I have recently been struck by, and stuck between, two critiques of Obama’s foreign policy approach. The first, articulated here in Kristin Rawl’s thoughtful response to my last post on Style with Substance, argues that Power and other Obama advisors will remain far too willing to assert United States military force in areas like Pakistan and Rwanda and Darfur. She expresses grave concerns about all forms of American preemptive military intervention. While her emphasis on the complexity of the issues involved and the difficulty of determining a productive way of response are surely correct, I still believe that people like Joseph Cirincione, with his emphasis on engagement, and Power, with her insistence that questions of social justice should drive American foreign policy would be a huge step in the right direction.
From the right, but not so far right that it is ridiculously neoconservative, there is this recent article by Leon Wieseltier of The New Republic. He argues that Obama’s impulse to dialogue fails to appreciate the “darker dimensions of our strategic predicament.” He points, rightly I think, to the “recalcitrance of the world,” but argues, wrongly I think, that it is a sign of youth (and thus, one assumes, naivete) to think that an essentially optimistic, dialogical stance will be more effective in addressing the recalcitrance of the world than the tough talking posturing and very real violent course of action we have pursued to date.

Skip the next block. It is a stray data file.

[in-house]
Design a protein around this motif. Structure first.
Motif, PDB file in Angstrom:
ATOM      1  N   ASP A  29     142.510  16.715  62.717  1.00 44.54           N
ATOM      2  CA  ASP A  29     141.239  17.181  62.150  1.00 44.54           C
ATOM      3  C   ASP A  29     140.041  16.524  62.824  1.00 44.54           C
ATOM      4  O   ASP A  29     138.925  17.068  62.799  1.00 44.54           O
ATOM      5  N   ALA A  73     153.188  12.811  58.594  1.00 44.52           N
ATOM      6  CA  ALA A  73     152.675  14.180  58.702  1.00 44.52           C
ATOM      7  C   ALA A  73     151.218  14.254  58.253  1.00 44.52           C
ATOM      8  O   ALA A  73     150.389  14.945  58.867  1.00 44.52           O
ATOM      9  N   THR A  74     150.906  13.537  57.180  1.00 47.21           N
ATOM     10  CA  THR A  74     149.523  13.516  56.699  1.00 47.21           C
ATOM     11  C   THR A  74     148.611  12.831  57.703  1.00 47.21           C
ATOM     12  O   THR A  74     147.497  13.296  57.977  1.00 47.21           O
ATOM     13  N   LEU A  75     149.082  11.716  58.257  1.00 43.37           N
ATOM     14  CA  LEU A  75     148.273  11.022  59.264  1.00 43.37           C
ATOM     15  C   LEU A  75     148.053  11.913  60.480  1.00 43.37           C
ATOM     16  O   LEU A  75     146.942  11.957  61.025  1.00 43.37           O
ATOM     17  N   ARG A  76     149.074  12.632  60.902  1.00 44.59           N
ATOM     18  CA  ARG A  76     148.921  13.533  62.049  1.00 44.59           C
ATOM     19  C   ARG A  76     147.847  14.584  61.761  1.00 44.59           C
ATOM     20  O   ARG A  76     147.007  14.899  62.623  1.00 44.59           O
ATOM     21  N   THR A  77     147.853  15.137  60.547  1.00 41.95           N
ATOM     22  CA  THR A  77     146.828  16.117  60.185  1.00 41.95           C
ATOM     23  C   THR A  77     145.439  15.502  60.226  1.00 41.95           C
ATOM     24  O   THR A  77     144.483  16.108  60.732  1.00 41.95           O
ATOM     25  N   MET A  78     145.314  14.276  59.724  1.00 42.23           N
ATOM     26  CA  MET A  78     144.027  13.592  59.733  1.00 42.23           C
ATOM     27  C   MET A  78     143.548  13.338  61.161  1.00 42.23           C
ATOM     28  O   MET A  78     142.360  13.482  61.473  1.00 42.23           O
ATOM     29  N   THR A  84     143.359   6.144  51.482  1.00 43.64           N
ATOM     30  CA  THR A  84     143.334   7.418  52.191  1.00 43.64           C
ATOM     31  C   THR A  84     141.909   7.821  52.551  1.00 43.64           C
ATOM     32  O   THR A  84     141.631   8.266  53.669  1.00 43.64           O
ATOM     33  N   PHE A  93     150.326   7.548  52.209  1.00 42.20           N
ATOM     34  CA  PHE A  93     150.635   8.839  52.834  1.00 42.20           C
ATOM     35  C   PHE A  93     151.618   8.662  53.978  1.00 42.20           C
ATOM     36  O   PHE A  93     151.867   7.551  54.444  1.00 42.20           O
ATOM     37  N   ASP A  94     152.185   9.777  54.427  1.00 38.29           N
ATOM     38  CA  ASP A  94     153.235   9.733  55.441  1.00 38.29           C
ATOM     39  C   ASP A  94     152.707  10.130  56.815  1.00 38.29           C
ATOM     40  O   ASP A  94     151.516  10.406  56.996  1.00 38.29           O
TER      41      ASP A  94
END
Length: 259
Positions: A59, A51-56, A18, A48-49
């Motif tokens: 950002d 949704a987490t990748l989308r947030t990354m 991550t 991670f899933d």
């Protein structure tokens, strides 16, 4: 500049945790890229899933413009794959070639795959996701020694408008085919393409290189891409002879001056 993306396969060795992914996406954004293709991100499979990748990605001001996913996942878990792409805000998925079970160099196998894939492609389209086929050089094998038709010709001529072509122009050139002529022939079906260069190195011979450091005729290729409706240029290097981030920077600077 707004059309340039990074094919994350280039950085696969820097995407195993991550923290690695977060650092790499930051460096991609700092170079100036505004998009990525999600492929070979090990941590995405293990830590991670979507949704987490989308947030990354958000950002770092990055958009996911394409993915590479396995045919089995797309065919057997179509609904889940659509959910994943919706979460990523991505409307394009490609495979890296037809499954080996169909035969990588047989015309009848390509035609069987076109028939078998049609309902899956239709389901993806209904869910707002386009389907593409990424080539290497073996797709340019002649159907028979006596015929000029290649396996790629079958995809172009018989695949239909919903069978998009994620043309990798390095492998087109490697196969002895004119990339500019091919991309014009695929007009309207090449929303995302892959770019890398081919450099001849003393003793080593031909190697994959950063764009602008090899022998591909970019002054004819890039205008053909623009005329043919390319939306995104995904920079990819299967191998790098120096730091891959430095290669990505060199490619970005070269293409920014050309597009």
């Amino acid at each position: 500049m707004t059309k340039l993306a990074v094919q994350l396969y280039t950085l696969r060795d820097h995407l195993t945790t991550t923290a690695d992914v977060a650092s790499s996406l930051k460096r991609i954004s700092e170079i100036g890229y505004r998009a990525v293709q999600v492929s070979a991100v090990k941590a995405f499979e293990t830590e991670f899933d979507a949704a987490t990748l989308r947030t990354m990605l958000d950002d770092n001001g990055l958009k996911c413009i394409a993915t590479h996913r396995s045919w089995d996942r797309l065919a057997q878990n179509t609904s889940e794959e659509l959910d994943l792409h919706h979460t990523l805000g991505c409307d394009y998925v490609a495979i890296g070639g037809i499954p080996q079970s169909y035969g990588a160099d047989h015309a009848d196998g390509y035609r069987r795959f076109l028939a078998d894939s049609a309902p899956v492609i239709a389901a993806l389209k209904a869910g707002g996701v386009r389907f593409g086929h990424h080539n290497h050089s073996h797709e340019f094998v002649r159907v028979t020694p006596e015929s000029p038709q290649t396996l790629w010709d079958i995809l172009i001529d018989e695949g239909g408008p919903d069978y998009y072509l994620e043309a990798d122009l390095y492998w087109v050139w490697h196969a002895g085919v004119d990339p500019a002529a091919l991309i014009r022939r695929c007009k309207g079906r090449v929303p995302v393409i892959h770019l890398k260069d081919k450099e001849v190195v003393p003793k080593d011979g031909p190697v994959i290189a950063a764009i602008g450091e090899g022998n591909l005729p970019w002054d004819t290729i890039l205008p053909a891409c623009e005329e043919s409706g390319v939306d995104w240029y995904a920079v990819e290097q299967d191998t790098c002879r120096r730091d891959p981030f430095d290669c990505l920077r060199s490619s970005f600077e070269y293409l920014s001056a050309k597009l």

I would suggest that Obama’s fundamental political approach of preemptive dialogue and compromise informed by a set of ideals and values grounded in a commitment to social justice is much more mature and effective than the immature politics of demonization and destruction. To take a willingness to dialogue as a sign of weakness is to fall into a masculine logic of violence that has proven to be completely ineffective and counter-productive. The disposition toward dialogue is a posture of strength and security, bolstered often by a self-assured recognition of military superiority, but guided always by the understanding that the use of force is a sign of failure, even when it may be justified.
Words and ideas have always had a more substantive capacity to transform cultures and societies than have violence and force. If we have learned anything from the Bush Administration’s many failures it is that it is in America’s self-interest to engage the world in a proactive, humble, deliberative and dialogical way.
This is neither the naivete of youth nor the delusion of nostalgia; it is not a rejection of nuance and subtlety, nor a blanket and abstract refusal to use force; rather it is a mature response to the complexities of the world in which we live, however recalcitrant.
Ironically, the youth of America–as can be felt here and here at Penn State and on college campuses throughout the country–seem to recognize Obama’s hope as grounded and mature. They hear in it a call for for a level of deliberative action and engagement far beyond the imagination of those who, like Krugman and Wieselteir, defend force and violence in the name of sober realism.